Kohei Uchimura rolls to sixth straight World all-around title over surprise runner-up

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Kohei Uchimura fell in qualifying. He crashed to the mat in the team final. But in the all-around, the competition he owns, Uchimura stayed on his feet and in a class by himself.

The Japanese icon extended his record with a sixth straight dominant World all-around title in Glasgow, Scotland, on Friday. No other gymnast — man or woman — has won more than three titles.

Does Uchimura believe he is the greatest of all time?

“Uchimura doesn’t consider himself to be the best gymnast in the world, even though he win a lot of medals in the World Championships,” he said through a translator.

Uchimura prevailed by a comfortable 1.634 points over Manrique Larduet, whose silver medal matched the best finish for a Cuban in any Olympic or World Championships gymnastics event. A Cuban gymnast had not competed at an Olympics or Worlds since 2004.

Larduet, the 19-year-old Pan American Games silver medalist in his Worlds debut, also became the youngest men’s World all-around medalist since Fabian Hambuechen in 2006.

“It has been a dream of mine ever since I was little,” said Larduet, who listened to Lil Wayne between routines. “I also want to be the first Cuban gymnast with an Olympic medal, and I’m going to start working on that right now.”

China’s Deng Shudi earned bronze.

Americans Donnell Whittenburg and Olympic all-around bronze medalist Danell Leyva were eighth and 17th in the 24-man field. Whittenburg was 31st in qualifying and didn’t make the final until another gymnast withdrew earlier Friday. Leyva fell on floor exercise and high bar and nearly fell off pommel horse.

Uchimura’s closest margin of victory among his other five World titles and his 2012 Olympic title was 1.492 points over Great Britain’s Max Whitlock last year.

Whitlock began with a 16.1 on pommel horse Friday, the highest score on the event at an Olympics or Worlds since 2009, but fell off high bar in the fifth rotation and out of the medals. He was fifth.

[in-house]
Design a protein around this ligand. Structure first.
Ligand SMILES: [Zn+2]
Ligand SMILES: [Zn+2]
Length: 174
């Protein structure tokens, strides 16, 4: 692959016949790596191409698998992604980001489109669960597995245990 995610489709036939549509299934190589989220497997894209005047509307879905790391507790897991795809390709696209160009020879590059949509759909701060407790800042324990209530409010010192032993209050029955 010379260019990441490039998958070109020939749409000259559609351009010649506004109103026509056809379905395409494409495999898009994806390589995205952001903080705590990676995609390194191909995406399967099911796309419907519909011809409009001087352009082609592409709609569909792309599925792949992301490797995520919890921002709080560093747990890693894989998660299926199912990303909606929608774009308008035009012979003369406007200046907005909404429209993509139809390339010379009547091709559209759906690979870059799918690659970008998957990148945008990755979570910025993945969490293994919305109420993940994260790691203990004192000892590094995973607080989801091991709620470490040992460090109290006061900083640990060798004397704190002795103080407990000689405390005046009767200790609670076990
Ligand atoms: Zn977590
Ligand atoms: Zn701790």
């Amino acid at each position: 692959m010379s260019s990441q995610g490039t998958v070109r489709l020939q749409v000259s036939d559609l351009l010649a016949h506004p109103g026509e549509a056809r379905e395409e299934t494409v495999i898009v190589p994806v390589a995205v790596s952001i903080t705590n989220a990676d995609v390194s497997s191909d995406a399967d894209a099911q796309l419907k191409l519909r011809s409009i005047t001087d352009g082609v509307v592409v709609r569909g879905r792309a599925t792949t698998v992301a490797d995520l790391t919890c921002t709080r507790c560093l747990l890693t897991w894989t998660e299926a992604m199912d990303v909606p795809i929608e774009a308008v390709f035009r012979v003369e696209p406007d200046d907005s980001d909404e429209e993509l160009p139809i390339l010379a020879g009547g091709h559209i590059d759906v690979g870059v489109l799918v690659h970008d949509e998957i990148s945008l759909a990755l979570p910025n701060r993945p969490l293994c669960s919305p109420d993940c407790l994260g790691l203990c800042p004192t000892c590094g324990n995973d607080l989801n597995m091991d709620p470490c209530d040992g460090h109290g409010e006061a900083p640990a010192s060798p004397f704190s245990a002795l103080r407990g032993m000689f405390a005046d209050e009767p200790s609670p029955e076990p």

Uchimura showed no clear mistakes with nothing more than small hops on landings on his first five events, an improvement after he fell on floor exercise in qualifying Sunday and on high bar in the team final Wednesday.

His biggest mistake was a slightly clumsy release move on high bar on his last routine. Still, he walked off the mat raising his arms to the crowd.

He expressed satisfaction with post-routine fist pumps and broke into a grin after his penultimate exercise, a 15.833 on parallel bars, his best score of the night that all but sealed gold.

Uchimura now owns 18 World Championships medals, including nine golds. Belarus’ Vitaly Scherbo, whom Uchimura has called the greatest of all time, won 23 Worlds medals, including 12 golds. Scherbo, who won six gold medals at the Barcelona 1992 Olympics, also owns twice as many Olympic medals as Uchimura — 10 to five.

Scherbo, who runs a gym in Las Vegas, weighed in on Uchimura in April.

The World Championships continue with apparatus finals Saturday and Sunday, featuring Simone BilesGabby Douglas and Uchimura.

NBC and NBC Sports Live Extra will air World Championships coverage Saturday from 2:30-4 p.m. ET and Sunday from 12-1:30 p.m. ET, with Al Trautwig and Olympic champions Tim Daggett and Nastia Liukin.

NBC Olympics researcher Amanda Doyle contributed to this report from Glasgow.

MORE GYMNASTICS: World Championships broadcast schedule

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Swim meet canceled after FINA’s threat to ban athletes

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GENEVA (AP) — Amid growing conflict between swimmers and their world governing body, an international swimming meet was canceled on Thursday after threats to ban athletes who took part seeking better prize money.